Bessie Coleman was the first African American and first Native
American woman pilot. She was also the first African American to earn an
international pilot’s license.
Coleman was born on January 26, 1892 in Atlanta, Texas during a time
of overt racism and segregation laws. After being refused admission into
every U.S. flying school she approached, Coleman learned French. She
traveled to Paris in 1920 to attend the well-known Caudron Brothers’
School of Aviation in Le Crotoy, France. She was the only student of
color in her class.
On June 15, 1921, Coleman received her international pilot’s license
from the Fédération Aéronautique Internationale. She returned to the
U.S. and performed in her first airshow in September 1922. She became
known for “loop-the-loops” and making a figure 8.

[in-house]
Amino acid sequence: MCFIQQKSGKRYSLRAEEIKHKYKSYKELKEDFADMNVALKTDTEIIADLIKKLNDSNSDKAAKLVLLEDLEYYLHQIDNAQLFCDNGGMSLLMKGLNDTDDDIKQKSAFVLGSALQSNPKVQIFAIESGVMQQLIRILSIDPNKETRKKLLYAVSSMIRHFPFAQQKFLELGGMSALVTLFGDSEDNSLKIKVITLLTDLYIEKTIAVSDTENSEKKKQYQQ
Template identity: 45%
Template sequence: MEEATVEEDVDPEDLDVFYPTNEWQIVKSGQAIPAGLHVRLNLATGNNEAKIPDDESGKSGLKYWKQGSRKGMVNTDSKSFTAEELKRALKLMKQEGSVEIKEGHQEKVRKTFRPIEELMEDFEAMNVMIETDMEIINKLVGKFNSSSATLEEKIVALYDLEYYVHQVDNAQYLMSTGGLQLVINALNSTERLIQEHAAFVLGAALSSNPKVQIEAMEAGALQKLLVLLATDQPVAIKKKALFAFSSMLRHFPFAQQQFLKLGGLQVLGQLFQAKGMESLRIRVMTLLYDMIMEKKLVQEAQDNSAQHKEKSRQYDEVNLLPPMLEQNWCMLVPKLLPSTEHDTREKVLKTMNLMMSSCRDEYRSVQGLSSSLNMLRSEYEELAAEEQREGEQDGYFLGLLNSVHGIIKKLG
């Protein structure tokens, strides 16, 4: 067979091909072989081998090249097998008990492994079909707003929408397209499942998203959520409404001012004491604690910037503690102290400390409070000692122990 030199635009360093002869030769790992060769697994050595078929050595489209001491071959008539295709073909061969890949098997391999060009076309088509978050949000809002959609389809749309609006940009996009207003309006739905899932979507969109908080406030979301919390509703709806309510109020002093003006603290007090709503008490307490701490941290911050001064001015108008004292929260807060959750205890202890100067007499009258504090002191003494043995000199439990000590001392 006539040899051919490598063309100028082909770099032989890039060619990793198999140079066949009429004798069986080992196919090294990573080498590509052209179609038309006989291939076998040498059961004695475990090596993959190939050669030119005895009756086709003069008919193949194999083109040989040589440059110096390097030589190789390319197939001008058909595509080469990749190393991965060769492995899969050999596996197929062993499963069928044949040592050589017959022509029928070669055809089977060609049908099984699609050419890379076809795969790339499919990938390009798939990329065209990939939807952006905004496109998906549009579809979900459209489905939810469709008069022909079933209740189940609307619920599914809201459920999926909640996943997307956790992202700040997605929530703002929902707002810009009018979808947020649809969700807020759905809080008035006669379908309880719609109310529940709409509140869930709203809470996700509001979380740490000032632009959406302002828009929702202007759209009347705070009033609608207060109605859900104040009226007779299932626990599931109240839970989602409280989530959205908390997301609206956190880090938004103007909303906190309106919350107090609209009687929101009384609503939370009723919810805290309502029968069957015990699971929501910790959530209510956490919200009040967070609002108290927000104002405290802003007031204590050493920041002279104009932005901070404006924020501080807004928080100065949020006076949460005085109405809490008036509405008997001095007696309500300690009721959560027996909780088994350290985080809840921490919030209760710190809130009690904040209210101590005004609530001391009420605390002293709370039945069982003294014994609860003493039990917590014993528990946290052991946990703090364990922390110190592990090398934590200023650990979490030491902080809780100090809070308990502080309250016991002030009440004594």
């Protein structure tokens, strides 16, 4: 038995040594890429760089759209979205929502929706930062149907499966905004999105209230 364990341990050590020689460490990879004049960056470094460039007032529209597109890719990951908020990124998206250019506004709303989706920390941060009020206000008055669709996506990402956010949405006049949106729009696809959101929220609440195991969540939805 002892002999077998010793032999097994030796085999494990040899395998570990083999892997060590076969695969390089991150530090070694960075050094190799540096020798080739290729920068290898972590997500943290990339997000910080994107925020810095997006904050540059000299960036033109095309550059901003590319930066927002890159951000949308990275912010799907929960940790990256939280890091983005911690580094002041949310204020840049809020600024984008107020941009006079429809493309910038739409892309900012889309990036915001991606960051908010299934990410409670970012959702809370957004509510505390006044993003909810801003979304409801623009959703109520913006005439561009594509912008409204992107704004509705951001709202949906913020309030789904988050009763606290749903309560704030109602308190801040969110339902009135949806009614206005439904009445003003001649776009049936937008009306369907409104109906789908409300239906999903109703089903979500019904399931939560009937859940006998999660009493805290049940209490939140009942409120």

Coleman used her growing fame to tour the country, giving flight
lessons, performing in shows, and encouraging African Americans and
women to learn how to fly. She also made a point of refusing to speak or
perform anywhere that segregated or discriminated against African
Bessie Coleman died on April 30, 1926 as a passenger in a practice
flight for a celebration in Jacksonville, Florida. Her flying career,
although brief, inspires many young African Americans to pursue the
field of aviation. Her legacy continues through the establishment of
aviation clubs and tributes, including the 1995 U.S. postal stamp issued
in her honor.